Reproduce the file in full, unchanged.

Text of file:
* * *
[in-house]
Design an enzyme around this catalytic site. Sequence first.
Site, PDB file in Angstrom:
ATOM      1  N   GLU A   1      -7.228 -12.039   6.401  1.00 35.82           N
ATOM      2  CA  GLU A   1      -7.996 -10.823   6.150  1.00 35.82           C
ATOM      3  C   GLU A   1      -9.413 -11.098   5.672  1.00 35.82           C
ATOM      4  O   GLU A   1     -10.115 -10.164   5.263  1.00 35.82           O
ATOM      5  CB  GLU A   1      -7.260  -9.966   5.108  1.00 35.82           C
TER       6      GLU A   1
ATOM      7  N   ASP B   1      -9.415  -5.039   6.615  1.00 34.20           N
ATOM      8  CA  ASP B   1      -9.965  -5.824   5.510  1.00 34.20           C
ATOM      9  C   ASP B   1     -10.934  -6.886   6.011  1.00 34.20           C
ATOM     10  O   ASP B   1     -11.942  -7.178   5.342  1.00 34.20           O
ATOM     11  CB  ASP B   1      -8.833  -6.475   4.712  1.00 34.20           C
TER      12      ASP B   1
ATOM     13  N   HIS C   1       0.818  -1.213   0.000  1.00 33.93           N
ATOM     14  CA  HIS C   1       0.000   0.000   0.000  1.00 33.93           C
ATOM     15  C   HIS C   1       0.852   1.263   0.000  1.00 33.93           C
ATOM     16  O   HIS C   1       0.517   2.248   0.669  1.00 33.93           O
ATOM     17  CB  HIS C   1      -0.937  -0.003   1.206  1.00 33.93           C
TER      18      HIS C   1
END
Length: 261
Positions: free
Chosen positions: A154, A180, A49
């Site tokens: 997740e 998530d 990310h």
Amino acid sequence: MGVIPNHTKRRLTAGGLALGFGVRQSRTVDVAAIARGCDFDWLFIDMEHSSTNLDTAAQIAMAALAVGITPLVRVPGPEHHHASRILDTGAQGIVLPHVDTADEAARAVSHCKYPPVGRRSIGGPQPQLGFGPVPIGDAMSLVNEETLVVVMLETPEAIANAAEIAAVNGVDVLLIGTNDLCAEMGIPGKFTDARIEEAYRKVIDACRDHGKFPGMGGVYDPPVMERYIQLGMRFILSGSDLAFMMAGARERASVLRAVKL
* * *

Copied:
[in-house]
Design an enzyme around this catalytic site. Sequence first.
Site, PDB file in Angstrom:
ATOM      1  N   GLU A   1      -7.228 -12.039   6.401  1.00 35.82           N
ATOM      2  CA  GLU A   1      -7.996 -10.823   6.150  1.00 35.82           C
ATOM      3  C   GLU A   1      -9.413 -11.098   5.672  1.00 35.82           C
ATOM      4  O   GLU A   1     -10.115 -10.164   5.263  1.00 35.82           O
ATOM      5  CB  GLU A   1      -7.260  -9.966   5.108  1.00 35.82           C
TER       6      GLU A   1
ATOM      7  N   ASP B   1      -9.415  -5.039   6.615  1.00 34.20           N
ATOM      8  CA  ASP B   1      -9.965  -5.824   5.510  1.00 34.20           C
ATOM      9  C   ASP B   1     -10.934  -6.886   6.011  1.00 34.20           C
ATOM     10  O   ASP B   1     -11.942  -7.178   5.342  1.00 34.20           O
ATOM     11  CB  ASP B   1      -8.833  -6.475   4.712  1.00 34.20           C
TER      12      ASP B   1
ATOM     13  N   HIS C   1       0.818  -1.213   0.000  1.00 33.93           N
ATOM     14  CA  HIS C   1       0.000   0.000   0.000  1.00 33.93           C
ATOM     15  C   HIS C   1       0.852   1.263   0.000  1.00 33.93           C
ATOM     16  O   HIS C   1       0.517   2.248   0.669  1.00 33.93           O
ATOM     17  CB  HIS C   1      -0.937  -0.003   1.206  1.00 33.93           C
TER      18      HIS C   1
END
Length: 261
Positions: free
Chosen positions: A154, A180, A49
């Site tokens: 997740e 998530d 990310h």
Amino acid sequence: MGVIPNHTKRRLTAGGLALGFGVRQSRTVDVAAIARGCDFDWLFIDMEHSSTNLDTAAQIAMAALAVGITPLVRVPGPEHHHASRILDTGAQGIVLPHVDTADEAARAVSHCKYPPVGRRSIGGPQPQLGFGPVPIGDAMSLVNEETLVVVMLETPEAIANAAEIAAVNGVDVLLIGTNDLCAEMGIPGKFTDARIEEAYRKVIDACRDHGKFPGMGGVYDPPVMERYIQLGMRFILSGSDLAFMMAGARERASVLRAVKL